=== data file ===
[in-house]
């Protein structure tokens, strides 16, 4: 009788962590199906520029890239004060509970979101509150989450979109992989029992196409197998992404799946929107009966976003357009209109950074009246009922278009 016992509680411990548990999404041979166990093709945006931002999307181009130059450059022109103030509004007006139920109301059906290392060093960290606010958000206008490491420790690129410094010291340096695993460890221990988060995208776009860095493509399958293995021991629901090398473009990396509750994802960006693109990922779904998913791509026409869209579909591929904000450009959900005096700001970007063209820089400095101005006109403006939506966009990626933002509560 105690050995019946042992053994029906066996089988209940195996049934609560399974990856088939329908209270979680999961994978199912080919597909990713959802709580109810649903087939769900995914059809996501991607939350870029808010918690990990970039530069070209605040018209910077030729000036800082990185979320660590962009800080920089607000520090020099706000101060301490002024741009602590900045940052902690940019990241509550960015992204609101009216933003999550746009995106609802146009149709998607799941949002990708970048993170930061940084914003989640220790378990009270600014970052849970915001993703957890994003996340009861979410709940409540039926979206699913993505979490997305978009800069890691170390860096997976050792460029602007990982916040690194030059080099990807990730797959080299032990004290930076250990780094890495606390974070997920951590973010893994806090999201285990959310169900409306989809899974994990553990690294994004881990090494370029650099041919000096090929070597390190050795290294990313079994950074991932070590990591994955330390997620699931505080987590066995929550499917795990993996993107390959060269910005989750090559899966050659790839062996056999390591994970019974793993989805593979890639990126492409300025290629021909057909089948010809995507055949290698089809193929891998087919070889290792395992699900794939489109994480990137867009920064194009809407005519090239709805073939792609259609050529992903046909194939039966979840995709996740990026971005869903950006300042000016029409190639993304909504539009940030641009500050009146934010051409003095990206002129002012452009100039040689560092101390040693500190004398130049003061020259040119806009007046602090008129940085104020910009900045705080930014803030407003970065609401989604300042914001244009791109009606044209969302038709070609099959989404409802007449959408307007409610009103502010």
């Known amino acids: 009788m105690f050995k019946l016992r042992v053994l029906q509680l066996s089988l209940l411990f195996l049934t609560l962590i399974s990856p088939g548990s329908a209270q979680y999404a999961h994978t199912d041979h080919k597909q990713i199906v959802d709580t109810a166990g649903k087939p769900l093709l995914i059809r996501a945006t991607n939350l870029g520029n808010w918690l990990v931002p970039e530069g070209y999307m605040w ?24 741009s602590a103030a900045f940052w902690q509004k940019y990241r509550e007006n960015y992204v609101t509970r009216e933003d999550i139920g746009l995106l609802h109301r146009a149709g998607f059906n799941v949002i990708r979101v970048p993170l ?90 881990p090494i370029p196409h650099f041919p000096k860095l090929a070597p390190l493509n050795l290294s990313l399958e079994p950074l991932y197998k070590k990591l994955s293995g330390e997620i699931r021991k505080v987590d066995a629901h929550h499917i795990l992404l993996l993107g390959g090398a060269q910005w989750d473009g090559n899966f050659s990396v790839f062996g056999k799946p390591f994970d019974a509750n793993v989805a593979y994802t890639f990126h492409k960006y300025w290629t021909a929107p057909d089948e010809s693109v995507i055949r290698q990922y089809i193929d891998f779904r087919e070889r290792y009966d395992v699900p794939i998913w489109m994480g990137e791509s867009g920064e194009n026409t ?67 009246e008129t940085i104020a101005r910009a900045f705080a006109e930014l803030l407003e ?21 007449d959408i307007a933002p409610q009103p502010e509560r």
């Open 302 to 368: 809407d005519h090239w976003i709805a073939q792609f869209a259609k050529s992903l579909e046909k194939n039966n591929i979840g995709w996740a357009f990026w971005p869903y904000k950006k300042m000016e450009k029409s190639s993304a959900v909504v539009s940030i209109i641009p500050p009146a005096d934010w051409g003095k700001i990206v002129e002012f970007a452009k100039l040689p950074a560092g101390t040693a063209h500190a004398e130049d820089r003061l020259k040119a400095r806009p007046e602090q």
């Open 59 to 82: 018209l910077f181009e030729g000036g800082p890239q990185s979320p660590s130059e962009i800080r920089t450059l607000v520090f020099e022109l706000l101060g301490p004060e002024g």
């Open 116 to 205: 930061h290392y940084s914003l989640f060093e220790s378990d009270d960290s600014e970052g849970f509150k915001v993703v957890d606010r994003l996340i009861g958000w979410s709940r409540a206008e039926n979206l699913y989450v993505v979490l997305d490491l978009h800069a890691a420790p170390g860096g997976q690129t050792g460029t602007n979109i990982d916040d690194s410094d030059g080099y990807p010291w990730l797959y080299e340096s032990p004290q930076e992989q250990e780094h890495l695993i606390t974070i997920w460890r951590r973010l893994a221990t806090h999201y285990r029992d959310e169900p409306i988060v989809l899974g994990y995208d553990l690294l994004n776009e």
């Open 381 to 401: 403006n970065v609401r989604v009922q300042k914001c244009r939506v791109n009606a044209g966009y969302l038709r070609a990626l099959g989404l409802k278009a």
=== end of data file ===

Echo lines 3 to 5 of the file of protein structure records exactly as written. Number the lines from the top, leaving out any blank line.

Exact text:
């Known amino acids: 009788m105690f050995k019946l016992r042992v053994l029906q509680l066996s089988l209940l411990f195996l049934t609560l962590i399974s990856p088939g548990s329908a209270q979680y999404a999961h994978t199912d041979h080919k597909q990713i199906v959802d709580t109810a166990g649903k087939p769900l093709l995914i059809r996501a945006t991607n939350l870029g520029n808010w918690l990990v931002p970039e530069g070209y999307m605040w ?24 741009s602590a103030a900045f940052w902690q509004k940019y990241r509550e007006n960015y992204v609101t509970r009216e933003d999550i139920g746009l995106l609802h109301r146009a149709g998607f059906n799941v949002i990708r979101v970048p993170l ?90 881990p090494i370029p196409h650099f041919p000096k860095l090929a070597p390190l493509n050795l290294s990313l399958e079994p950074l991932y197998k070590k990591l994955s293995g330390e997620i699931r021991k505080v987590d066995a629901h929550h499917i795990l992404l993996l993107g390959g090398a060269q910005w989750d473009g090559n899966f050659s990396v790839f062996g056999k799946p390591f994970d019974a509750n793993v989805a593979y994802t890639f990126h492409k960006y300025w290629t021909a929107p057909d089948e010809s693109v995507i055949r290698q990922y089809i193929d891998f779904r087919e070889r290792y009966d395992v699900p794939i998913w489109m994480g990137e791509s867009g920064e194009n026409t ?67 009246e008129t940085i104020a101005r910009a900045f705080a006109e930014l803030l407003e ?21 007449d959408i307007a933002p409610q009103p502010e509560r």
């Open 302 to 368: 809407d005519h090239w976003i709805a073939q792609f869209a259609k050529s992903l579909e046909k194939n039966n591929i979840g995709w996740a357009f990026w971005p869903y904000k950006k300042m000016e450009k029409s190639s993304a959900v909504v539009s940030i209109i641009p500050p009146a005096d934010w051409g003095k700001i990206v002129e002012f970007a452009k100039l040689p950074a560092g101390t040693a063209h500190a004398e130049d820089r003061l020259k040119a400095r806009p007046e602090q």
């Open 59 to 82: 018209l910077f181009e030729g000036g800082p890239q990185s979320p660590s130059e962009i800080r920089t450059l607000v520090f020099e022109l706000l101060g301490p004060e002024g």